RICHMOND (BP) -- Andrew (Andy) N. Leininger, who served as a Christian worker in the former Soviet Union for 22 years, died in his home state of Missouri on October 13, 2019. He was 56.
In November 2016, Leininger was diagnosed with Glioblastoma Multiforme, an aggressive cancer that caused a brain tumor. In the months that followed, he had multiple surgeries and treatments. On October 12, 2019, his wife Elizabeth shared an update on Facebook that Leininger had moved to Hospice care. On October 13, she wrote, "Andy is in Glory with our precious Savior."
Ricky Wilhelm, a Christian colleague, said that Leininger's years of service were marked by hard work, compassion, and patient endurance in making disciples. "Andy will be remembered … as a spiritual mentor and elder brother in the Lord. He imitated God as a father to the fatherless and as one who did justice and loved mercy."
Wilhelm encouraged others who were mourning the loss to be encouraged by Leininger's commitment to the Great Commission. During their last months of service, before a second surgery left Leininger paralyzed, Andy and Elizabeth helped plant a new church and shared the gospel with 60 people.
"Andy Leininger was a beloved colleague known for his personable, encouraging nature, and we grieve with his wife, Elizabeth, and their daughters in his passing," said IMB President Paul Chitwood. "But we also celebrate the life he lived. We thank the Lord for his dedication to reaching the people in the fringes of Russia with the gospel."
Born September 29, 1963, in El Paso, Texas, Leininger considered Bolivar, Mo., his hometown. He received two Bachelor of Science degrees in general engineering and general biology from the University of Illinois at Urbana-Champaign. He also received two master's degrees in marriage and family counseling and religious education from Southwestern Baptist Theological Seminary in Fort Worth, Texas.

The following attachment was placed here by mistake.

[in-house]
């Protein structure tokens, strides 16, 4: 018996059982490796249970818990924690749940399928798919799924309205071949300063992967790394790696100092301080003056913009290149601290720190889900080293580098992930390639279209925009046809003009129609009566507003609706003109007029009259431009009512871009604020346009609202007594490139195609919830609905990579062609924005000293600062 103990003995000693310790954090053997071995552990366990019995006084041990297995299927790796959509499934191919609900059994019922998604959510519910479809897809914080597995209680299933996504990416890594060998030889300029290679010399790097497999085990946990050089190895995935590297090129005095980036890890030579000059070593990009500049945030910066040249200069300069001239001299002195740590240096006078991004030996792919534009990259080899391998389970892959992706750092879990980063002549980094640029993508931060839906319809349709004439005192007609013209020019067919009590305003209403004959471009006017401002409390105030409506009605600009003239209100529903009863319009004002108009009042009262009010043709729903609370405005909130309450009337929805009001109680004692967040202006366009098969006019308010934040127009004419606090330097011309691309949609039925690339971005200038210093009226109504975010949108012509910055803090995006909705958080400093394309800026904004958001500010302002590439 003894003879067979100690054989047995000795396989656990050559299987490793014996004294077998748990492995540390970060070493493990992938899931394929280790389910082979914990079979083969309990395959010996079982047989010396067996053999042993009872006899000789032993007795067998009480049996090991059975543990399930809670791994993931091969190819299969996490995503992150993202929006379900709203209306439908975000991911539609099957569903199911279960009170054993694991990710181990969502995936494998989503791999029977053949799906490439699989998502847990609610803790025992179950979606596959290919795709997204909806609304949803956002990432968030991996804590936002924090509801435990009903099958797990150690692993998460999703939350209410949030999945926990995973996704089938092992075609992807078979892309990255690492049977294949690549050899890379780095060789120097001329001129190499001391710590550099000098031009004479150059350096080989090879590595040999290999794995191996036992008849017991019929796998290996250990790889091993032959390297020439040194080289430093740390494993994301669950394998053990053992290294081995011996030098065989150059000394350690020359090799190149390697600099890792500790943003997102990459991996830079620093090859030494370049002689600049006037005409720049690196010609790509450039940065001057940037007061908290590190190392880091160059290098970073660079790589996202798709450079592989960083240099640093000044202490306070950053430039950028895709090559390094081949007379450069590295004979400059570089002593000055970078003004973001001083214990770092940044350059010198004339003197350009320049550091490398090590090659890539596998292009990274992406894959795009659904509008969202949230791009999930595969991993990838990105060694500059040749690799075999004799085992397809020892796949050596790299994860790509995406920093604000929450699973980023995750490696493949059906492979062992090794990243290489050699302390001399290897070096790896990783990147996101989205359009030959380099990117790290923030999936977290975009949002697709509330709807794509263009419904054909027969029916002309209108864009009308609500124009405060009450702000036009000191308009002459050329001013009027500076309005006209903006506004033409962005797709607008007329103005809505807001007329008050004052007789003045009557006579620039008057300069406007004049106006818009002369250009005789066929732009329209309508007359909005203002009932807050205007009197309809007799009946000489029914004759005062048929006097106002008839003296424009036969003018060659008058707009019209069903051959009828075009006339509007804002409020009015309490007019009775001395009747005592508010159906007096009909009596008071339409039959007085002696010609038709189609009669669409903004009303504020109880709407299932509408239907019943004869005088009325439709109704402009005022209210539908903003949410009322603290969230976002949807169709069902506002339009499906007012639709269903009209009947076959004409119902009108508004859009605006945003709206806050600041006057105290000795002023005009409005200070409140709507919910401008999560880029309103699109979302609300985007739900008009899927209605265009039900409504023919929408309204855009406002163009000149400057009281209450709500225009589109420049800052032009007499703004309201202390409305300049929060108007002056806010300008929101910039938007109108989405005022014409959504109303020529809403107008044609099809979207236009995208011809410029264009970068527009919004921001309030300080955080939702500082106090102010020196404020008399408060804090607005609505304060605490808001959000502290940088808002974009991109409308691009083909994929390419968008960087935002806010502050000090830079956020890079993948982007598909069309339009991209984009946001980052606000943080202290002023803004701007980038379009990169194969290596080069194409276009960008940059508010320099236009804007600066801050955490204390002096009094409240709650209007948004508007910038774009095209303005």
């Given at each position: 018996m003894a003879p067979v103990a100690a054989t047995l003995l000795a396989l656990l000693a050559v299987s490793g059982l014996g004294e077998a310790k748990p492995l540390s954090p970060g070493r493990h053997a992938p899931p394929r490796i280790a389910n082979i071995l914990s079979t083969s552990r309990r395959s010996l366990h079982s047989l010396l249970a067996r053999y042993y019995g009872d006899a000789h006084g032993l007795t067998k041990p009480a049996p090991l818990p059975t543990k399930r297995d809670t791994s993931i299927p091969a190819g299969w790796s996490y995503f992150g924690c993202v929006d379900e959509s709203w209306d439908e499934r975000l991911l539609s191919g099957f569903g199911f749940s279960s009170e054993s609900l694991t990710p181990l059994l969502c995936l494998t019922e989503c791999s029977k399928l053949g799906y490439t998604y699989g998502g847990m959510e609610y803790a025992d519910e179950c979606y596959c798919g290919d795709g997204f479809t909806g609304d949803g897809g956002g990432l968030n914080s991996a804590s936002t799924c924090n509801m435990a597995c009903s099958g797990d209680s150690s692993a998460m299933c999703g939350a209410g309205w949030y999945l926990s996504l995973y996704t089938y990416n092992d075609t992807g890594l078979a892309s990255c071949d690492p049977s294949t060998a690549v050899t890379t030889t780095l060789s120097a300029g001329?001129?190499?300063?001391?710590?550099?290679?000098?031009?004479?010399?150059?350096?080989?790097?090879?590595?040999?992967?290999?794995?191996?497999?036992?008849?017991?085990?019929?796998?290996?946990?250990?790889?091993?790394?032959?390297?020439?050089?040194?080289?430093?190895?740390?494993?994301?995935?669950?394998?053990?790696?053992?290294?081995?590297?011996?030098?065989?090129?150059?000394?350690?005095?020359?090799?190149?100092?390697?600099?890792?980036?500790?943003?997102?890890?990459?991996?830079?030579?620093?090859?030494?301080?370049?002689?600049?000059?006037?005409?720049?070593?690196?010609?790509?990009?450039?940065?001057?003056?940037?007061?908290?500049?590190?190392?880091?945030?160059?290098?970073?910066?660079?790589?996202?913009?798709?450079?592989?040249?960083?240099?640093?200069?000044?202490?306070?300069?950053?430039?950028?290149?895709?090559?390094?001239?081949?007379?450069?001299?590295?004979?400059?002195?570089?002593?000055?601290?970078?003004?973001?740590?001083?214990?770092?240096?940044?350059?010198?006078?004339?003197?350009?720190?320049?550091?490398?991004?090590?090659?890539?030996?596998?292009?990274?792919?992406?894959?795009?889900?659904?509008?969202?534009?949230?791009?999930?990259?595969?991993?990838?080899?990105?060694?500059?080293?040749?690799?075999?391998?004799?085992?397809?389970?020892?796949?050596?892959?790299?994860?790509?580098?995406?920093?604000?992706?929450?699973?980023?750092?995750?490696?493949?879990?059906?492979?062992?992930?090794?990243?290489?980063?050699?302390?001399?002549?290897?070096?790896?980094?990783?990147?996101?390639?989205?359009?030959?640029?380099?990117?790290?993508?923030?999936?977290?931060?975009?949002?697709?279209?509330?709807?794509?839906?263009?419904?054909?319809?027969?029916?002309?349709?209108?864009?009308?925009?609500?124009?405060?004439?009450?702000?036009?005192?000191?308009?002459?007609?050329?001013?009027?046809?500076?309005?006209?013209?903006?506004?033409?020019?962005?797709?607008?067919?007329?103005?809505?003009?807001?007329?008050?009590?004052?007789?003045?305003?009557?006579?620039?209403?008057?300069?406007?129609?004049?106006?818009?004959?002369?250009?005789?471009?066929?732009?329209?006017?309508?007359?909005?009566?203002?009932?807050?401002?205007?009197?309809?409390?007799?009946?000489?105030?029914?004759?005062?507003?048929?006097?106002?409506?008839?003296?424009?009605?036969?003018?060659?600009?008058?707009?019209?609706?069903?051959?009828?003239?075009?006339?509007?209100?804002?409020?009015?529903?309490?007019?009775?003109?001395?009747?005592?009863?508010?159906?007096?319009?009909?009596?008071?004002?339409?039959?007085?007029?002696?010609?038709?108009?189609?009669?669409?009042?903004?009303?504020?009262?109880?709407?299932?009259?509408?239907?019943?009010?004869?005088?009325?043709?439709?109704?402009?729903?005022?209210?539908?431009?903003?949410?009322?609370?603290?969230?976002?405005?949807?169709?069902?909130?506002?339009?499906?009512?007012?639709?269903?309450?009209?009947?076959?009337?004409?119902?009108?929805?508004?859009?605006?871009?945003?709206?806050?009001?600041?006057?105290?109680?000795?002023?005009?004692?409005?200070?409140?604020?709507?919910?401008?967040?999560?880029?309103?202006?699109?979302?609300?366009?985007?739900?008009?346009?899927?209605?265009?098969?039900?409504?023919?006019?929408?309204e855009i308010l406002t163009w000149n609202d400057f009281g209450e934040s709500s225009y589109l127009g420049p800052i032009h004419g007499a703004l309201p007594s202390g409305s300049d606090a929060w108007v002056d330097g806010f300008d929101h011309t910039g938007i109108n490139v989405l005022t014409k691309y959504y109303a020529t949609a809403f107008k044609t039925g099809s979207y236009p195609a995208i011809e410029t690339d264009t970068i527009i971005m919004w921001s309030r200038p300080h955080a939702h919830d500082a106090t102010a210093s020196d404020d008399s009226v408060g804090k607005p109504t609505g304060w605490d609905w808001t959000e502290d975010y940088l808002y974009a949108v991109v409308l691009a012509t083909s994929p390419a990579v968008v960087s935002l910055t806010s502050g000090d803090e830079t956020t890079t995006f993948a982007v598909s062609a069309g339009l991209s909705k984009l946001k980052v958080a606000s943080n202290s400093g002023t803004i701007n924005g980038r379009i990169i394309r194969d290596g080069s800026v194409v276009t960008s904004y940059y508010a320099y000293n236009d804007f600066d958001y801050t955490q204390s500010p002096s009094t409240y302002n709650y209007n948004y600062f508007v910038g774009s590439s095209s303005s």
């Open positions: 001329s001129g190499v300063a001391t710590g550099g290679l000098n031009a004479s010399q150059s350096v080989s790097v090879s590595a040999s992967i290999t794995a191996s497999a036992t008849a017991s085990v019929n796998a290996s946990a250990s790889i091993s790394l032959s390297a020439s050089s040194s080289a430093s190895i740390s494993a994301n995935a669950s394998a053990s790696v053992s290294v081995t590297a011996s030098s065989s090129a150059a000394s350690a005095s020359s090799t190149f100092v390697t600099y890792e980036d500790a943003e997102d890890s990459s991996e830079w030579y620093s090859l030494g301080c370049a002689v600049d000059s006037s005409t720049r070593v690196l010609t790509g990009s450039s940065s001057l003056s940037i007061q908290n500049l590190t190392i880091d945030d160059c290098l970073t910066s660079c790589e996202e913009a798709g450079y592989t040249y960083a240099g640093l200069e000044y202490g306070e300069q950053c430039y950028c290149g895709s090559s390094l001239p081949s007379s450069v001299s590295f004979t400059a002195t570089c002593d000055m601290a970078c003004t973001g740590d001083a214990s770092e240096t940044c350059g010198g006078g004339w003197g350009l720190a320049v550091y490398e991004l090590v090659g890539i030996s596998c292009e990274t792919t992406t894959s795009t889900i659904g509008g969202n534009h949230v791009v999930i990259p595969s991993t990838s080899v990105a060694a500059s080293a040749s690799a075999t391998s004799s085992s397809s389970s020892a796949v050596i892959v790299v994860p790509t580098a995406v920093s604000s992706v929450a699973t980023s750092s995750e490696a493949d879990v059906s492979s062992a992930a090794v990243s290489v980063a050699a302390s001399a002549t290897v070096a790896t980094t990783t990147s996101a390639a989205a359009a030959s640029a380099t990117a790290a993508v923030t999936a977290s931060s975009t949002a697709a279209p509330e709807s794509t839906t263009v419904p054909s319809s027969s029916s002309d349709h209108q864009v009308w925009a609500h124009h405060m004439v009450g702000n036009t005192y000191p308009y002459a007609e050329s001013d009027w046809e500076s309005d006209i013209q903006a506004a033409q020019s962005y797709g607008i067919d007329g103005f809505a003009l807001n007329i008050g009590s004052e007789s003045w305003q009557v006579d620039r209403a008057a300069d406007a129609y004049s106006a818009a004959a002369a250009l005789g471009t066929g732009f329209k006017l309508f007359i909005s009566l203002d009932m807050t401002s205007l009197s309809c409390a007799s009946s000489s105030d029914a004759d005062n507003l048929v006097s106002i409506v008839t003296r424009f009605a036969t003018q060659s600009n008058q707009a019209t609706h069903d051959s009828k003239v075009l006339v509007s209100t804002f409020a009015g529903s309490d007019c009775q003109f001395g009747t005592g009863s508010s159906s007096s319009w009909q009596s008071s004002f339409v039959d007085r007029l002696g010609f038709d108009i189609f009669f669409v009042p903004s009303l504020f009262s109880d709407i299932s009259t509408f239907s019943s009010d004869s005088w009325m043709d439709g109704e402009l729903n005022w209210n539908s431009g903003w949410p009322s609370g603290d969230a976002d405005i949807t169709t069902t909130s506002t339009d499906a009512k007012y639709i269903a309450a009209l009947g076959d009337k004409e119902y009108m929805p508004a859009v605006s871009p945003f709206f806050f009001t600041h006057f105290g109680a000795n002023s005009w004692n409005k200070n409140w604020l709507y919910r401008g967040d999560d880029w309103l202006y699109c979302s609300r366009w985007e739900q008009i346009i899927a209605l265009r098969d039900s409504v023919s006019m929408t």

He served as a minister of education and administration at First Baptist Church, Carthage, Mo., before he and his wife were appointed in August 1996 to serve among the Russian peoples. The Leiningers have three daughters: Hannah, Rachel and Rebekah.
"I imagine, as we read the vision set before us in Revelation 7:9, that Andy is now completely healed and worshiping our Lord as part of the multitudes gathered around God's throne," Chitwood shared. "And there, I believe, he will spend eternity alongside those brothers and sisters who, even though they were on Moscow's fringes, heard the gospel of Jesus Christ because Andy was a faithful servant. Might the Lord raise up more like him to take his place."
A funeral was held Tuesday, October 15 at South Haven Baptist Church, Belton, Mo.